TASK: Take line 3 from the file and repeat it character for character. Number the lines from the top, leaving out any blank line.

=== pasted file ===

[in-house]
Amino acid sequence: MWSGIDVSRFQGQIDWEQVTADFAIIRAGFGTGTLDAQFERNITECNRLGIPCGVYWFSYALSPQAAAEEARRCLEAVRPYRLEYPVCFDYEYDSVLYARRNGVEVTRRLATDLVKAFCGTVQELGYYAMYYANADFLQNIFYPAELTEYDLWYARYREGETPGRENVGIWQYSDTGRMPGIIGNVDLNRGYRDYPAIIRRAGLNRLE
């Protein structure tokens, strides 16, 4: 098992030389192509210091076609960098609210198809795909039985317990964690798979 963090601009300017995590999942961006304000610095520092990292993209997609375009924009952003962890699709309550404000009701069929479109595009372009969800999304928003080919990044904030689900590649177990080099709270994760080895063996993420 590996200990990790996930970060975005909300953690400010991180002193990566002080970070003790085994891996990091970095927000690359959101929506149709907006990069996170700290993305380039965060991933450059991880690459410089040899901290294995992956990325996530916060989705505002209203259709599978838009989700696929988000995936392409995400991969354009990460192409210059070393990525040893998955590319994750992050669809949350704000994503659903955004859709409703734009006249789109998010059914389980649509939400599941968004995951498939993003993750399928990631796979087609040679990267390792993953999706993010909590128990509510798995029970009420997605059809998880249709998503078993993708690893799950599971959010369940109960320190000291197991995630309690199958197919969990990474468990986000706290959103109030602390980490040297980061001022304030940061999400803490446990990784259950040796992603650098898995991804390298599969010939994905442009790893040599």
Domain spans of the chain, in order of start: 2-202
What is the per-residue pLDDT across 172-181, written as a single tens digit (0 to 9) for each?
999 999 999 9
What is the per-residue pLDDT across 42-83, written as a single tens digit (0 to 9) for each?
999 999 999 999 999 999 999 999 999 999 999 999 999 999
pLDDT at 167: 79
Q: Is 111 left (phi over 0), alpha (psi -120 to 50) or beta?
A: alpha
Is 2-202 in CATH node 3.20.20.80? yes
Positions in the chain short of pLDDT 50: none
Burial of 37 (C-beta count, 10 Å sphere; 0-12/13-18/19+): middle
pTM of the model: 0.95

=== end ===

């Protein structure tokens, strides 16, 4: 098992030389192509210091076609960098609210198809795909039985317990964690798979 963090601009300017995590999942961006304000610095520092990292993209997609375009924009952003962890699709309550404000009701069929479109595009372009969800999304928003080919990044904030689900590649177990080099709270994760080895063996993420 590996200990990790996930970060975005909300953690400010991180002193990566002080970070003790085994891996990091970095927000690359959101929506149709907006990069996170700290993305380039965060991933450059991880690459410089040899901290294995992956990325996530916060989705505002209203259709599978838009989700696929988000995936392409995400991969354009990460192409210059070393990525040893998955590319994750992050669809949350704000994503659903955004859709409703734009006249789109998010059914389980649509939400599941968004995951498939993003993750399928990631796979087609040679990267390792993953999706993010909590128990509510798995029970009420997605059809998880249709998503078993993708690893799950599971959010369940109960320190000291197991995630309690199958197919969990990474468990986000706290959103109030602390980490040297980061001022304030940061999400803490446990990784259950040796992603650098898995991804390298599969010939994905442009790893040599």